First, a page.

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Ayotte: Decision to cut A-10 serious mistake


Calling the Air Force’s decision to retire the A-10 combat jet a “serious mistake,” Sen. Kelly Ayotte, R-N.H., is pledging to fight the retirement in Congress.

“The Pentagon’s decision to recommend the early retirement of the A-10 before a viable replacement achieves full operational capability is a serious mistake based on poor analyses and bad assumptions,” Ayotte said in a statement. “Instead of cutting its best and least expensive close air support aircraft in an attempt to save money, the Air Force could achieve similar savings elsewhere in its budget without putting our troops at increased risk.”

“As a member of the Armed Services Committee, I plan to work with my colleagues to prevent the Pentagon from making this serious mistake that I believe could cost the lives of our brave servicemen and women in future conflicts,” the statement concluded.

Ayotte has been at the forefront of the fight over the A-10’s future, one that has played out in a very public arena over the last six months.

The A-10 is a much beloved, if aging, platform that performs the close-air support (or “CAS”) mission for troops on the ground. It has been rumored to be on the budget chopping block for months. Air Force officials contend that the CAS mission can be done by other platformsand cutting the Warthog could free up desperately needed funds for other programs.

That line of thinking was echoed in comments made Monday by Secretary of Defense Chuck Hagel, who announced the plan to retire the A-10 fleet in a preview of the Pentagon’s 2015 budget request.

“Retiring the A-10 fleet saves $3.5 billion over five years and accelerates the Air Force’s long-standing modernization plan – which called for replacing the A-10s with the more capable F-35 in the early 2020s,” Hagel said, according to a Pentagon transcript.

“The ‘Warthog’ is a venerable platform, and this was a tough decision. But the A-10 is a 40-year-old single-purpose airplane originally designed to kill enemy tanks on a Cold War battlefield. It cannot survive or operate effectively where there are more advanced aircraft or air defenses,” he said.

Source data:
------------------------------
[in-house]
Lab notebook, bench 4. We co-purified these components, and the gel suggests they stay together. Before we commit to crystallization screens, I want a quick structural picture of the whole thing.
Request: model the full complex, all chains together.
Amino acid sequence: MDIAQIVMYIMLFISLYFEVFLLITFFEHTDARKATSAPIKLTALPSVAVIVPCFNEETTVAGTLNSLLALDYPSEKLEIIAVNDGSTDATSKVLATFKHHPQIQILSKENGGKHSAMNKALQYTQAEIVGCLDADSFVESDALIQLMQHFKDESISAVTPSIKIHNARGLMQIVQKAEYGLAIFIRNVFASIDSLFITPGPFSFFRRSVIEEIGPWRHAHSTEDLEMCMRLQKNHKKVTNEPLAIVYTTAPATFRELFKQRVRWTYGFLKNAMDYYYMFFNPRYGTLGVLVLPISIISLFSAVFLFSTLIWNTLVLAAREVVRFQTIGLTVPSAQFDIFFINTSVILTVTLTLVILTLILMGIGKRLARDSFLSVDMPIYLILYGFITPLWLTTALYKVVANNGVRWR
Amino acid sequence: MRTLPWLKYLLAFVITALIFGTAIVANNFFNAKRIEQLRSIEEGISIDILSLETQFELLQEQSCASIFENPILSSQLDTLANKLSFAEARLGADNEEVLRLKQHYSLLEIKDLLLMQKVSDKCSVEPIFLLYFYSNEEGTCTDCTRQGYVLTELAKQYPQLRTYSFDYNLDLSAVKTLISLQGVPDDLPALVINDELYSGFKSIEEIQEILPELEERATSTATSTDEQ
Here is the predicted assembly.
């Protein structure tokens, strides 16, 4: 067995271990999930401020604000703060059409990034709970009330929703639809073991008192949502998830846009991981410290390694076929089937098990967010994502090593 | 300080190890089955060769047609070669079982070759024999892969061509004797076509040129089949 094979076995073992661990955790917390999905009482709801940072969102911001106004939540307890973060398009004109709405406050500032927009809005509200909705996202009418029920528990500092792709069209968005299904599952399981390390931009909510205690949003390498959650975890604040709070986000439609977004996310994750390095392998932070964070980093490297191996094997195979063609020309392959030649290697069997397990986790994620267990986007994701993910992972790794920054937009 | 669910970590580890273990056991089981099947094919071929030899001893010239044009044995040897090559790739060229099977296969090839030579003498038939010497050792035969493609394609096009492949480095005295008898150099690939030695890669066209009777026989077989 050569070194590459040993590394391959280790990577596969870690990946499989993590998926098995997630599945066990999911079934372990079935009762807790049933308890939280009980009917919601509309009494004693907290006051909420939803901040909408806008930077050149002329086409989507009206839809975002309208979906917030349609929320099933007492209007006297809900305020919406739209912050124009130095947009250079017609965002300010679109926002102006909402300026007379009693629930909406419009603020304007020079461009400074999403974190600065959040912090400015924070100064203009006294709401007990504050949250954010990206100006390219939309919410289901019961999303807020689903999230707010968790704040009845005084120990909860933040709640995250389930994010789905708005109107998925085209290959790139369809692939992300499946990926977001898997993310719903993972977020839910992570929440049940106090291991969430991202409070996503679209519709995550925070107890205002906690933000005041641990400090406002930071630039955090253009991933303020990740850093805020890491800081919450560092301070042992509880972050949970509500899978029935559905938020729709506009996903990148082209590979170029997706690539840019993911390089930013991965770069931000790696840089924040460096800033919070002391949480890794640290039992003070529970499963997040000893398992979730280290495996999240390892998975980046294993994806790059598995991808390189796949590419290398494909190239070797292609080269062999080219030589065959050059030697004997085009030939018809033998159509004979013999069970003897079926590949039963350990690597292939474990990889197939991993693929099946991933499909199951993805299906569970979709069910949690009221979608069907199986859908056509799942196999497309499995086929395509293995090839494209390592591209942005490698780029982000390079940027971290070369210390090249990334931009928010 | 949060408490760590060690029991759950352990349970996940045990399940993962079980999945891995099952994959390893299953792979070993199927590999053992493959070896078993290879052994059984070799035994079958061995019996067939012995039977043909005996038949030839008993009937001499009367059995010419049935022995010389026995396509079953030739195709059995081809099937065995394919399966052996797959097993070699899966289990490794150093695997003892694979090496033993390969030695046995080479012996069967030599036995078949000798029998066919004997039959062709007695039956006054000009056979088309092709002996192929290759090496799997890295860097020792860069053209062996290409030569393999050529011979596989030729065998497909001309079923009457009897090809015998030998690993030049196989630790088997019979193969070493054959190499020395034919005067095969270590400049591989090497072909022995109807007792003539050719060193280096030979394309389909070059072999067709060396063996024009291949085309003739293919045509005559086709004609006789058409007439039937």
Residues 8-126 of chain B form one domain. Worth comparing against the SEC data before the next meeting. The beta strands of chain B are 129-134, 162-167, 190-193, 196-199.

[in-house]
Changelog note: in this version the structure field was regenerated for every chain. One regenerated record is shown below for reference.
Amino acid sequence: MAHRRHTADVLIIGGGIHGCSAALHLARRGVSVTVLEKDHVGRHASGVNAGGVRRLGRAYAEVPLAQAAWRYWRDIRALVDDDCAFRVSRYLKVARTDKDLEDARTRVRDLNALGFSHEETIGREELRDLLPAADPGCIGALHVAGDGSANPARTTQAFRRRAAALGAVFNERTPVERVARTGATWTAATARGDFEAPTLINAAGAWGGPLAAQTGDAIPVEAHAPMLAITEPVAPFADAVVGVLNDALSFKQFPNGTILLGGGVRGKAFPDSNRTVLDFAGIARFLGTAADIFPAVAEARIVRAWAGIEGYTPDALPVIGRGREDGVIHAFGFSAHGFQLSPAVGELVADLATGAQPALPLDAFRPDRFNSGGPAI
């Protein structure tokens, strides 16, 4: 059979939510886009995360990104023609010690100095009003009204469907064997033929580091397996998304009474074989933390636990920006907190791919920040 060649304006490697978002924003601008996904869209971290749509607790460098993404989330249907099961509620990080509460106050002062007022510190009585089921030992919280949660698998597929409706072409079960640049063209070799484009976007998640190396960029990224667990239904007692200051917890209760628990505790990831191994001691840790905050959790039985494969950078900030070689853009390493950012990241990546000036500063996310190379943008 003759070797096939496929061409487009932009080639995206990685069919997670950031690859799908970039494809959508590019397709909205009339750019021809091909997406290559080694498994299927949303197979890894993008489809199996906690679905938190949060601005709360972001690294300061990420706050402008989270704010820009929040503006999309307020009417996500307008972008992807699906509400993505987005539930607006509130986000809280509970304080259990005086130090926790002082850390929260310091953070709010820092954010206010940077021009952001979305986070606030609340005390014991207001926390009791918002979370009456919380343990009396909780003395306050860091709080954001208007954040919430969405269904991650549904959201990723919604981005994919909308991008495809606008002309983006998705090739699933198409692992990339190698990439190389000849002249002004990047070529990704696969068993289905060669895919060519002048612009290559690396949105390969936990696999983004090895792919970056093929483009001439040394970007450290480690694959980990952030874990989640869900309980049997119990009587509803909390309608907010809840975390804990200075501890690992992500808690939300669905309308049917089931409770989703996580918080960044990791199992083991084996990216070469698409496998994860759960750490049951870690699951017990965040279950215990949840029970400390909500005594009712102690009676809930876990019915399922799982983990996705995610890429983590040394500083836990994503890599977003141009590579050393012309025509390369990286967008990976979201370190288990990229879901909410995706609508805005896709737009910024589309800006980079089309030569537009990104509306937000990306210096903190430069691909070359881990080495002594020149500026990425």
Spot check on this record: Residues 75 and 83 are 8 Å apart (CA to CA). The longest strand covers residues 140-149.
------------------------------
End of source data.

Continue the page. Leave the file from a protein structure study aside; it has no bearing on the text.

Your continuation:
“Significant savings are only possible through eliminating the entire fleet, because of the fixed cost of maintaining the support apparatus associated with that aircraft,” Hagel concluded. “Keeping a smaller number of A-10s would only delay the inevitable while forcing worse trade-offs elsewhere.”

But defenders of the A-10, including Ayotte, say other platforms are inefficient and would put troops on the ground in harm’s way.

Ayotte, whose husband Joe was an A-10 pilot, has been the most vocal protector of the plane in Congress. In September, she placed a hold the nomination of Deborah Lee James, President Barack Obama’s nominee for secretary of the Air Force. Ayotte later released that hold, leading to James’ confirmation, but continued to keep a close eye on the program.

As part of the 2014 National Defense Authorization Act, Ayotte and her allies inserted language stating the service “may not retire, prepare to retire, or place in storage” any A-10 during the entirety of calendar year 2014. (A-10s that the service planned to retire as of April 9, 2013, will be allowed to retire.)

The New Hampshire Republican later sent a letter to James accusing the Air Force of violating that law via a plan to halt needed upgrades to the A-10. In a Feb. 12 response, Secretary James directed those upgrades to continue.

“As we continue with FY15 budget deliberations, I look forward to discussing the A-10 with you at greater length,” James noted in her response to Ayotte’s claims. Given the senator’s statement, that should be a discussion that we’ll hear a lot more of in the coming months.

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